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‘Oracle of Seasons’

Link’s Latest, But Still So Good

By Chad Serrant

Staff Writer

Legend of Zelda: Oracle of Seasons (Nintendo)

Rated E for Everybody


Hype: it’s one of those words I don’t like. Usually, the more you hype a game, the worse it becomes. The Zelda series is a well-known series and has been the recipient of tremendous hype as of late. But ... dang it, The Legend of Zelda: Oracle of Seasons, uncannily rivals the great hype with a great game to match.

Oracle of Seasons and its twin sister, Oracle of Ages, are the two latest games to hit the Game Boy Color. Nintendo is good at making Zelda games playable. They are also good at using the same basic gameplay formula, but making it varied enough so you aren’t bored of playing it.

Oracle of Seasons starts with the hero, Link, entering the new and unfamiliar world of Holodrum. He meets Din, a mysterious woman who forces him to dance with her (for all of his fighting skills, he is still a very shy guy). Link’s other problem is that evil forces spring up out of nowhere and screw up the world he is in. Right on cue, the general of Darkness, Onox, enters and captures Din. She is actually the Oracle of Seasons, and without her guidance, the seasons are thrown out of order. This will eventually destroy the world, so Link has no choice but to go on a journey and kick some butt.

People who have played other Zelda games will find the game to be very familiar. You must travel through the overworld to reach the eight dungeons that you must conquer to save the world. Each dungeon has locked doors, monsters, new weapons, and the occasional boss to defeat. When you do this, you are rewarded with more life and some hints on the next dungeon. Between dungeons, you are talking to people, getting money, using your equipment, and exploring new areas. Everything nicely intertwines together in a cornucopia of happiness, and there is enough variety that you won’t get bored of it.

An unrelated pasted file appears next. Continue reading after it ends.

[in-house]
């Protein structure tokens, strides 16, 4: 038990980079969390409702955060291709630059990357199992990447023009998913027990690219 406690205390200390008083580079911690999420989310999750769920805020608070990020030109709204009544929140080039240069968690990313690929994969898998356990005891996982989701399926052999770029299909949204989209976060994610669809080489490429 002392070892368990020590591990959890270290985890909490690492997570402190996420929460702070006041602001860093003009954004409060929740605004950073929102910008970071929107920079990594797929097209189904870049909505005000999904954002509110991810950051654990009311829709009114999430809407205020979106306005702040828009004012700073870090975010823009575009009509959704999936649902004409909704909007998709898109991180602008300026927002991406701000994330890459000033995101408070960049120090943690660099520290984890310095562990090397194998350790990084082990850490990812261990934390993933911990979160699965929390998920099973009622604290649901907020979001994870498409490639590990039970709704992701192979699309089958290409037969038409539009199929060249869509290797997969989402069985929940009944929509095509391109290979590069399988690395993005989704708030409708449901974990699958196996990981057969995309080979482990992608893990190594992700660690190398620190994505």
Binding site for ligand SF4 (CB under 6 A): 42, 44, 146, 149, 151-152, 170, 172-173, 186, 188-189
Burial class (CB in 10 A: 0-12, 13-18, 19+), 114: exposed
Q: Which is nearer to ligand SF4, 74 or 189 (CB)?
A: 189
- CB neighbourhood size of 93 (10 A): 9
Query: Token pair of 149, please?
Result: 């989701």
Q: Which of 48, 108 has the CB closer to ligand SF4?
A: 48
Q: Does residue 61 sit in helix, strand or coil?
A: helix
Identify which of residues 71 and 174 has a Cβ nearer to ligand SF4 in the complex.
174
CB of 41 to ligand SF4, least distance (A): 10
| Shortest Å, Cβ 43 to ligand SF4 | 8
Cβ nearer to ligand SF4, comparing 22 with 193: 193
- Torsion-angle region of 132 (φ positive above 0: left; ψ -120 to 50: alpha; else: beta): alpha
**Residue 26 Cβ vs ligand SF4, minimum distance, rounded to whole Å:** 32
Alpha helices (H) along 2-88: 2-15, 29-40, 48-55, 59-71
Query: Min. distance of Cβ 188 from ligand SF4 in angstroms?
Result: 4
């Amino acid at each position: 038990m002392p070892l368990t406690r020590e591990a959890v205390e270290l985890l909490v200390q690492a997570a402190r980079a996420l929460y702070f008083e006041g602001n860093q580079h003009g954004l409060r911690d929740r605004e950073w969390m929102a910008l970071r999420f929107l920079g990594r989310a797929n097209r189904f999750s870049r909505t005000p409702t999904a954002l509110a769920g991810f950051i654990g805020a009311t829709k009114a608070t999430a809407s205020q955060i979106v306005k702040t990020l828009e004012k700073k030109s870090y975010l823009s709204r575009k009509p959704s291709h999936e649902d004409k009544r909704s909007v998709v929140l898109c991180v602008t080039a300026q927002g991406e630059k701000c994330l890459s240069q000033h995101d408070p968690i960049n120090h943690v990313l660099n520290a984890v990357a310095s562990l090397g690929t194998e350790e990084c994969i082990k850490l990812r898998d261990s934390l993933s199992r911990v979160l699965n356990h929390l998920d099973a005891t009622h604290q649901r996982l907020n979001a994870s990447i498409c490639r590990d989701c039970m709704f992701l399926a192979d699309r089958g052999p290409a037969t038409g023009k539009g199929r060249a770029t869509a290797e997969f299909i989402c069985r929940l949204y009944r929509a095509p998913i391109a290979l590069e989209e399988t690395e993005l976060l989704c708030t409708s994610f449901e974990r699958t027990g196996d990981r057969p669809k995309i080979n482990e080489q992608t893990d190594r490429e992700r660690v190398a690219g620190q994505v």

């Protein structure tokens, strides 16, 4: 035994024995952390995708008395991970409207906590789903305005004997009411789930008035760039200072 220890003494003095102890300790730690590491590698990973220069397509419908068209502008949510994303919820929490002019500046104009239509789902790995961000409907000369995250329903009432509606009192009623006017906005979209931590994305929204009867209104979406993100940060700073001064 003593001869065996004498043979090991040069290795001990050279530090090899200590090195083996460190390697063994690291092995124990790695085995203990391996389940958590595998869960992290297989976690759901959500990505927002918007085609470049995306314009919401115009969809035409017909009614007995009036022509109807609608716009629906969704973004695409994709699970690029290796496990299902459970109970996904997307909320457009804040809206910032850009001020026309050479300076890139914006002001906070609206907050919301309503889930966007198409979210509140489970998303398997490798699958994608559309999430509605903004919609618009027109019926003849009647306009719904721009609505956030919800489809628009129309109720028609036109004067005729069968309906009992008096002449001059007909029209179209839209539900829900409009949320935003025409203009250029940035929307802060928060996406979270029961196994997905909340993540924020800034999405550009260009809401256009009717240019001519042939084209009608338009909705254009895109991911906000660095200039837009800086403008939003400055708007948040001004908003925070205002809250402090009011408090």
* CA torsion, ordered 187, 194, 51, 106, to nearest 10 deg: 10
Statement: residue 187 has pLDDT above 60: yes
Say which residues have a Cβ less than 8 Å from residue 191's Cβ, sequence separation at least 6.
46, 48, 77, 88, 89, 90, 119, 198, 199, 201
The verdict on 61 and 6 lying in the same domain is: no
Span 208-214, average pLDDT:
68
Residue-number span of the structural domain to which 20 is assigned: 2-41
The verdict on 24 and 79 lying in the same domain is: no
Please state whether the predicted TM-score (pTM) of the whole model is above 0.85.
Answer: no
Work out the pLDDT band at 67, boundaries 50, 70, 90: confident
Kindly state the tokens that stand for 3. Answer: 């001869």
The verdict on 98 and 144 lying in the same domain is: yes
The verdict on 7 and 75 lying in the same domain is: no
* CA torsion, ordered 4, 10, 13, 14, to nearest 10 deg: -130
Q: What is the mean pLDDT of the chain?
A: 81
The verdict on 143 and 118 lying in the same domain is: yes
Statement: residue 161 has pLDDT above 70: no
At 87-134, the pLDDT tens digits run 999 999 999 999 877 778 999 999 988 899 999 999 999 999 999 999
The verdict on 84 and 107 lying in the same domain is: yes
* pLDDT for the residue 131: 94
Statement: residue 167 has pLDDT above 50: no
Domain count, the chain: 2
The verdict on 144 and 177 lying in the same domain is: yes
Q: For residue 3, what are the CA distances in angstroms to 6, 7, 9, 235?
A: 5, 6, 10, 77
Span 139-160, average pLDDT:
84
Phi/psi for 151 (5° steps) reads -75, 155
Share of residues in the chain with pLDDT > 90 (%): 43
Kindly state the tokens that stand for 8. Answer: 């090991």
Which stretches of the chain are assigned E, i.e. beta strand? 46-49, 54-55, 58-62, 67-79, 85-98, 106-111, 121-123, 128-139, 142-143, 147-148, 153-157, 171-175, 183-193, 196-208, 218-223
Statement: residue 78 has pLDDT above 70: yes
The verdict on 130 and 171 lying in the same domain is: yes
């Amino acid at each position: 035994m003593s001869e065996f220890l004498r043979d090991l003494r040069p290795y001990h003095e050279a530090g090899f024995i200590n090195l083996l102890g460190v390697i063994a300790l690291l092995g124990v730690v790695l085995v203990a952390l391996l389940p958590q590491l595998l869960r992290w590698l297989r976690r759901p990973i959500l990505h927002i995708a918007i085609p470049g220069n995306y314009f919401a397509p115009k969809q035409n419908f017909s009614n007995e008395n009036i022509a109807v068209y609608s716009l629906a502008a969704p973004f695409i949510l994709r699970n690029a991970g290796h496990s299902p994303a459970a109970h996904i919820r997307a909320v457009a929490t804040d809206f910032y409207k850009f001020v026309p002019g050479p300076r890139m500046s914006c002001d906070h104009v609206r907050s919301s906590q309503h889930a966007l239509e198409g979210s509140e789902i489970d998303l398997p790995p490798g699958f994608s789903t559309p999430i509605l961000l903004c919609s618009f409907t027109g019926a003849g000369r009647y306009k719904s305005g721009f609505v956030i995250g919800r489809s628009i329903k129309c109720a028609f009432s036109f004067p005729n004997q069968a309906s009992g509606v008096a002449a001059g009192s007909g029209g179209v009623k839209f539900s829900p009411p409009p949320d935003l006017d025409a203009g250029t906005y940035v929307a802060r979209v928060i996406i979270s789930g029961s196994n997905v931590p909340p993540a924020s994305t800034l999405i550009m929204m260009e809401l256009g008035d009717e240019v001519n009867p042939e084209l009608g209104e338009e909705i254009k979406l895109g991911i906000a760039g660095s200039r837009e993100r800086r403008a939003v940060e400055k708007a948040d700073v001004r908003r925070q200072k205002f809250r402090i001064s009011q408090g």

Oracle of Seasons adds several gimmicks and bonuses to keep things fresh and avoid redundancy. Throughout the game, you can find rings that give you small bonuses. The rings make life a lot more convenient. My favorite is the “Blue Holy Ring,” which nullifies fireball attacks, so I can swim in peace. Another feature is the rides on which Link goes. Link gets to ride a kangaroo, a lizard, and a flying bear. Link eventually gets a flute that allows him to summon one of them. There’s just something about riding a flying bear that works in this game.

Link also gets a collection of weapons that allows him to travel further and fight better. Link’s boomerang lets him stun enemies from far away. Roc’s feather, one of my favorite items, lets Link jump over small pits. The slingshot makes its first appearance on the Game Boy Color, and it allows Link to shoot enemies from afar. The magnetic gloves are really fun because Link can attract and repel magnetic objects, or he can drag his own body towards them.

The dungeons are just the way I like them: long and tough. You have a fair amount of freedom to roam around the dungeon, so you don’t have a feeling of being cramped. The dungeons have a lot of puzzles to keep you entertained, too. The dungeons are blended well so you aren’t simply button mashing, but you’re not getting frustrated while tackling and endless wave of puzzles.

The graphics are above average for the Game Boy Color, but it still has a tile pattern on all of its surfaces (then again, the game is huge, and this is a Game Boy Color). The sound is okay, but varied (as if you’ll care...). You won’t even notice the windmill music from Oracle of Time (it’s there, I promise you.)

As a cheap marketing ploy, you won’t finish the game once you beat the final boss in Oracle of Seasons! Instead, you will get a password that lets you continue your quest in Oracle of Ages. You get new bonuses, secrets, and bosses to find and discover. This forces you to buy both games if you want everything.

But dang it! I’ll fall for their trap. Oracle of Seasons is so good I’m going to buy Oracle of Ages anyway. But who would ever think of creating two games and forcing you to buy both to get the whole experience? Gotta catch ’em all!